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Chain INPUT (policy ACCEPT)
target     prot opt source               destination         
ACCEPT     all  --  anywhere             anywhere   

The above 'ACCEPT'-line is quiet confusing to me. Doesn't it mean, that I allow all incoming traffic? And if, how can I instead deny it?

How do I have to configure iptables, when I want to run an email server as well?

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1  
See serverfault.com/questions/189729/… –  ott-- Dec 29 '11 at 20:17
    
And also Google, iptables is complex and there are hundreds of resources out there (techrepublic.com/article/…). Try to crate a set of rules yourself and then ask the community for help debugging them (like this serverfault.com/questions/345111/…). –  msanford Dec 29 '11 at 20:31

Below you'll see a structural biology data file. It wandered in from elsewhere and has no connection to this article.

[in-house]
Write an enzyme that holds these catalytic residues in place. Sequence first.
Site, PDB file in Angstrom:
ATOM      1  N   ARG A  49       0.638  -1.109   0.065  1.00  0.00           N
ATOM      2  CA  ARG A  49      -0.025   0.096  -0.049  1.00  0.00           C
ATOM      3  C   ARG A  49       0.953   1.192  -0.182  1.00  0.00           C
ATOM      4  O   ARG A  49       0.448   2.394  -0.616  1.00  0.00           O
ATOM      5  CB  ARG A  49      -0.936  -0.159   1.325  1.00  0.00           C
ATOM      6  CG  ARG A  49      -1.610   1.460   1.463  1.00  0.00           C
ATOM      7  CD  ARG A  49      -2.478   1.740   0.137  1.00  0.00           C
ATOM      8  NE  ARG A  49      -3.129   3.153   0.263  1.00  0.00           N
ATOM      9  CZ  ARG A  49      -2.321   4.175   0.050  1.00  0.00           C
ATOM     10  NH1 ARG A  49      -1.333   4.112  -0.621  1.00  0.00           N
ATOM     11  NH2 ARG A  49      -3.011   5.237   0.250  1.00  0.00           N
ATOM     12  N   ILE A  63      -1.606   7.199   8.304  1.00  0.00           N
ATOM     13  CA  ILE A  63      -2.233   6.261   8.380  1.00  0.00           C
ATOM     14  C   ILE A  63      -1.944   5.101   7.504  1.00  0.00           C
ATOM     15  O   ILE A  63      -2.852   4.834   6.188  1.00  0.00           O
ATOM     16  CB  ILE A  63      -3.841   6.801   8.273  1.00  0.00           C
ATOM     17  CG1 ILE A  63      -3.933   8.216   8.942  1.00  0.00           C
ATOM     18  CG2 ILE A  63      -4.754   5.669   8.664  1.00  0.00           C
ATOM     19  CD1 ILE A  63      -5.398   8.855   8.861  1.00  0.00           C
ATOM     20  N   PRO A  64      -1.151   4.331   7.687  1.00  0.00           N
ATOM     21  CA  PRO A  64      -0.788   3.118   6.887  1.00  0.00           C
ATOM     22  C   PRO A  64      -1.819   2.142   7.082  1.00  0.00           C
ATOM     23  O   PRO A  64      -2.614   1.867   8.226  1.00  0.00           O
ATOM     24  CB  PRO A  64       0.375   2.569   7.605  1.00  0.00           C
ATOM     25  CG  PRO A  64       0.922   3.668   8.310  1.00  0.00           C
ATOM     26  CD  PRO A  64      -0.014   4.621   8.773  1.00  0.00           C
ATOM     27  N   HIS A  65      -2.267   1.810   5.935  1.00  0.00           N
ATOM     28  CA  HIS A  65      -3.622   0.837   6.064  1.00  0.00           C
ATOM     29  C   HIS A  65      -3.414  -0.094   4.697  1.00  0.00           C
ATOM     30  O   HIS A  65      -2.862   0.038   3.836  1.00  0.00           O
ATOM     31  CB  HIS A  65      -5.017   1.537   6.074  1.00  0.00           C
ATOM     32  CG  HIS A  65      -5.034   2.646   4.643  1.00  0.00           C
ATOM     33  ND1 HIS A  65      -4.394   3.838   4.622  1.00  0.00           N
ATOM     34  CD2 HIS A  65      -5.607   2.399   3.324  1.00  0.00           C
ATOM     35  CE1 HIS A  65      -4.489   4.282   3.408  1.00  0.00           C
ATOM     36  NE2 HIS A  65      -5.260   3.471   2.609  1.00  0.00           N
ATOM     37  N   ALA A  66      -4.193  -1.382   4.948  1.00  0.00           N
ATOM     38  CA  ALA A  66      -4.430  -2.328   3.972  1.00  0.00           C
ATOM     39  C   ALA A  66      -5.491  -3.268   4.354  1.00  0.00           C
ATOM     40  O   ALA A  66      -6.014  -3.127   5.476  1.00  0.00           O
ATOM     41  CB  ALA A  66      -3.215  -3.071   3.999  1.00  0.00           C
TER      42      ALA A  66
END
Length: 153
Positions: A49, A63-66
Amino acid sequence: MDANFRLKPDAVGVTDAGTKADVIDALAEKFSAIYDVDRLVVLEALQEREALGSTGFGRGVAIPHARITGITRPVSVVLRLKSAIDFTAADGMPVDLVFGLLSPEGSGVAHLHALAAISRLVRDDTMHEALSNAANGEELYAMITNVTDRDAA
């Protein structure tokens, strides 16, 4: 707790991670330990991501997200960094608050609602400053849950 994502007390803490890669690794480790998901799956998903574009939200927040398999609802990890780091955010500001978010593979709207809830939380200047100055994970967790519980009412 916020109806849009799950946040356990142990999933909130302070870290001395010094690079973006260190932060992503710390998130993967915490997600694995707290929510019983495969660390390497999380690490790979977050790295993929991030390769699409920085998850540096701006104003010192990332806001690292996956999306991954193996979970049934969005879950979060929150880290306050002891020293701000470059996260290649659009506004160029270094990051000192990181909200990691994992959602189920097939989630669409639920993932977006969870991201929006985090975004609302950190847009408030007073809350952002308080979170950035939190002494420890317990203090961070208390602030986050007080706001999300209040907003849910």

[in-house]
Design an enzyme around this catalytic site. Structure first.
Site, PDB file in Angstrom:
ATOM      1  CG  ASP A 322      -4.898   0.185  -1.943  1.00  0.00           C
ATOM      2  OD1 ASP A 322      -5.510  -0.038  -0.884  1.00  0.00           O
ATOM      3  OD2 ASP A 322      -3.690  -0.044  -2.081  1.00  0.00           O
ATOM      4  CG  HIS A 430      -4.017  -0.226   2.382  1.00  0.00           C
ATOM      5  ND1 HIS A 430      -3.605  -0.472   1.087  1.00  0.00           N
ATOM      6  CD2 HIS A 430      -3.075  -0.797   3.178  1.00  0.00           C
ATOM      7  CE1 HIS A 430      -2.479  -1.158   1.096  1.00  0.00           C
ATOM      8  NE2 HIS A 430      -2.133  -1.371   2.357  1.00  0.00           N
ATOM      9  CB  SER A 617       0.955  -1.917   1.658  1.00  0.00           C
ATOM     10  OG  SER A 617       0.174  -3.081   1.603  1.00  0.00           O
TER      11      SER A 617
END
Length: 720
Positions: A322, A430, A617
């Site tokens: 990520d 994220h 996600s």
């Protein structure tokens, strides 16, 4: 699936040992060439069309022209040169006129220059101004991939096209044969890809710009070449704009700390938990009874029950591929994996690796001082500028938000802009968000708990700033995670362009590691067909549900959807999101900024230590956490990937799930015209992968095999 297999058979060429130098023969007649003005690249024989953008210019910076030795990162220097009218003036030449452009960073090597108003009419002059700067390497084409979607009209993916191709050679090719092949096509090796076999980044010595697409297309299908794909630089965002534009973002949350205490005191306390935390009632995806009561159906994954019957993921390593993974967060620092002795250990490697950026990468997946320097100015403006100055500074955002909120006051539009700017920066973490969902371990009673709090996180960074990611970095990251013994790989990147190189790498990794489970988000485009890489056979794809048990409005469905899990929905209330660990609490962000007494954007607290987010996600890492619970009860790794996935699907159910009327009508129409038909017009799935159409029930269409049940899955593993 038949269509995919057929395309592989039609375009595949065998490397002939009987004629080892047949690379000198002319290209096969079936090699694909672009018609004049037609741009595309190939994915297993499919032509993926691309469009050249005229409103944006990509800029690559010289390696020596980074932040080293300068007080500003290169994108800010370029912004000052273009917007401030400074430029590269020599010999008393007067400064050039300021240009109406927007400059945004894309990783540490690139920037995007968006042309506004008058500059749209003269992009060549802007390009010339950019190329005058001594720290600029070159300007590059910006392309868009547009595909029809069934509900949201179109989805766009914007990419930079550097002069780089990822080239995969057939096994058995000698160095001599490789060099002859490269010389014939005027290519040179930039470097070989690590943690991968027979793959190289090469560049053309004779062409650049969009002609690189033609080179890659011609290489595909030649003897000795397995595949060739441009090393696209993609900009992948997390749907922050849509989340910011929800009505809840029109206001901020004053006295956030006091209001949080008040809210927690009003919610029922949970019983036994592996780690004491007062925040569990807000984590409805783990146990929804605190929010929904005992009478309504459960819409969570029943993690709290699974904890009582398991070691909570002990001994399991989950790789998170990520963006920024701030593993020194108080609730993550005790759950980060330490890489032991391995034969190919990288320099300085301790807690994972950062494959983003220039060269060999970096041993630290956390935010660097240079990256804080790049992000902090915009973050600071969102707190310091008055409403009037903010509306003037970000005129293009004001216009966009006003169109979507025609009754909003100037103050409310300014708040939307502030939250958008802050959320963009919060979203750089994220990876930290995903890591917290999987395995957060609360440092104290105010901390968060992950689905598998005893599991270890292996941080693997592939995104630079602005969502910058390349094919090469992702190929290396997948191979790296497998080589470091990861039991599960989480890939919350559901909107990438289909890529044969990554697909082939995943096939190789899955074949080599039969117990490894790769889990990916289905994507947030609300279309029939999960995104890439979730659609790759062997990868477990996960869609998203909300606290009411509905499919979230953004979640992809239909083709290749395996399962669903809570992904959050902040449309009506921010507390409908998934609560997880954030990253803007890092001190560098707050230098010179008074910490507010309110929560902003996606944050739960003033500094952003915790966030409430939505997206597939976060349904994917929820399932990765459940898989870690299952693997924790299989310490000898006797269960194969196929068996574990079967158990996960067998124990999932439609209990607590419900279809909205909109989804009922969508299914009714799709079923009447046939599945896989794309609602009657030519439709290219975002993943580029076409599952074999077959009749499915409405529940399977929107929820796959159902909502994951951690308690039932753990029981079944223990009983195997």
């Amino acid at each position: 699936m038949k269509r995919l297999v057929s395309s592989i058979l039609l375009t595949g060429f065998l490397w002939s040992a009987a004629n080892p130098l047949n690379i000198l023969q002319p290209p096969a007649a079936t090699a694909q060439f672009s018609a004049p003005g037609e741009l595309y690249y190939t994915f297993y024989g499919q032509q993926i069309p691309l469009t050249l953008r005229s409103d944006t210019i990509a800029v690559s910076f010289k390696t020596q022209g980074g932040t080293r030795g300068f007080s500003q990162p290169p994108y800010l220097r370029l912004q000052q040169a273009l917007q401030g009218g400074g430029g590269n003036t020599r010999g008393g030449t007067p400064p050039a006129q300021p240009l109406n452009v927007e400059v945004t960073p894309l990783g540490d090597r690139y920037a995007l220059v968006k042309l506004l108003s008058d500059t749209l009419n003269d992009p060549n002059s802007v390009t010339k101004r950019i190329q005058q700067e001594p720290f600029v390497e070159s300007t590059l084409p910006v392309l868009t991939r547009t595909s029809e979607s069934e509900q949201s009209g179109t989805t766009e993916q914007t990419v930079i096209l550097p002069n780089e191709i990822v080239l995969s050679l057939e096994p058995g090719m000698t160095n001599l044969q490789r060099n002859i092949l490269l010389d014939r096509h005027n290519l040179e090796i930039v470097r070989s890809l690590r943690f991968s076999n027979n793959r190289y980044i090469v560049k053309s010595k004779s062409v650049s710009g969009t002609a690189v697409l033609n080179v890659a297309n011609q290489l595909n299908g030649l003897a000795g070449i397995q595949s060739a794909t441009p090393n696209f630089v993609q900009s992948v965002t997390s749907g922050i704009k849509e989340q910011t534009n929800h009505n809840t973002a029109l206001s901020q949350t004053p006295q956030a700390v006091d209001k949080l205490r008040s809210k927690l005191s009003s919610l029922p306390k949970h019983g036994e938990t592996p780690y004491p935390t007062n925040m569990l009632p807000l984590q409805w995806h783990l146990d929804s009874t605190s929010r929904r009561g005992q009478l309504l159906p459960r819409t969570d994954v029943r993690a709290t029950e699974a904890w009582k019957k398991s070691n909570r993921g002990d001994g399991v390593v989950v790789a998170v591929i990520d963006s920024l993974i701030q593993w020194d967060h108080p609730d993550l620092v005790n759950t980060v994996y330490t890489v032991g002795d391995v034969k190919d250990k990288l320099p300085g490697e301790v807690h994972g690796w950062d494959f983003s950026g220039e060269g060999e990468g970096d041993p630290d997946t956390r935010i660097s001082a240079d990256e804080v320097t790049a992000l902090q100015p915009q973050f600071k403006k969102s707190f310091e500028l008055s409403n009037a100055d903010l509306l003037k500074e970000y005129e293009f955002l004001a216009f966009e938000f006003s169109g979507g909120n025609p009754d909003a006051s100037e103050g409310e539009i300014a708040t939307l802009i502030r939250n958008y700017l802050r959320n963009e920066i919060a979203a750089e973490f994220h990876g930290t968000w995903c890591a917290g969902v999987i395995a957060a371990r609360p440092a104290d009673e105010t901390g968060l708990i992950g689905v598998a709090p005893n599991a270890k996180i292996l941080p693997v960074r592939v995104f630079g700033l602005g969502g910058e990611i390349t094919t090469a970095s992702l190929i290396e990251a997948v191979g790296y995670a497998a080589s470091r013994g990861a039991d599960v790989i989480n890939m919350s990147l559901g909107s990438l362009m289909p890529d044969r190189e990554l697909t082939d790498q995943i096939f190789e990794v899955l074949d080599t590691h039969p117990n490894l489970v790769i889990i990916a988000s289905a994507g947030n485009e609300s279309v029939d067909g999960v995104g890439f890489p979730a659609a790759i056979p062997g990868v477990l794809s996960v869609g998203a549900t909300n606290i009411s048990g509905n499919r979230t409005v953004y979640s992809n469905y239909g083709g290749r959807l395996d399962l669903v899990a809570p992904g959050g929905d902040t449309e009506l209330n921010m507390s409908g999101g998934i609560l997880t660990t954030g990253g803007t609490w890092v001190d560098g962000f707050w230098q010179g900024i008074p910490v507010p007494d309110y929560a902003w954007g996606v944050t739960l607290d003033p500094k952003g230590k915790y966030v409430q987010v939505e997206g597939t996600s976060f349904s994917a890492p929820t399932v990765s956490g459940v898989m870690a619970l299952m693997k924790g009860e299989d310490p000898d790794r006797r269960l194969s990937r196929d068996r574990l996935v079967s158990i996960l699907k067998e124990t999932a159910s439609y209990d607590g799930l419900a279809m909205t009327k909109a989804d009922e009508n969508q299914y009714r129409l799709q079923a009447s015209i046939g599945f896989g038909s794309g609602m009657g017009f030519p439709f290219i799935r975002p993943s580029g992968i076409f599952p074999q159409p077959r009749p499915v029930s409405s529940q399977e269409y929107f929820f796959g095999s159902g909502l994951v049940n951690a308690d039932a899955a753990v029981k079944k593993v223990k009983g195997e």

2 Answers 2

When configuring your firewall, you can set default policy to accept all traffic and then deny unwanted ones. The other (more secure) one is to set the default policy to deny all traffic and accept the needed ones.

For your email services, you will usually need to open the port of SMTP, POP, and IMAP. You cna find many tutorials and howtos on configuring iptables

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CentOS has a great introduction to iptables in their documentation.

http://wiki.centos.org/HowTos/Network/IPTables

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Thank you both for your kind advice! I will check out the CentOS introduction then. :-) –  Robert Frost Dec 29 '11 at 21:09

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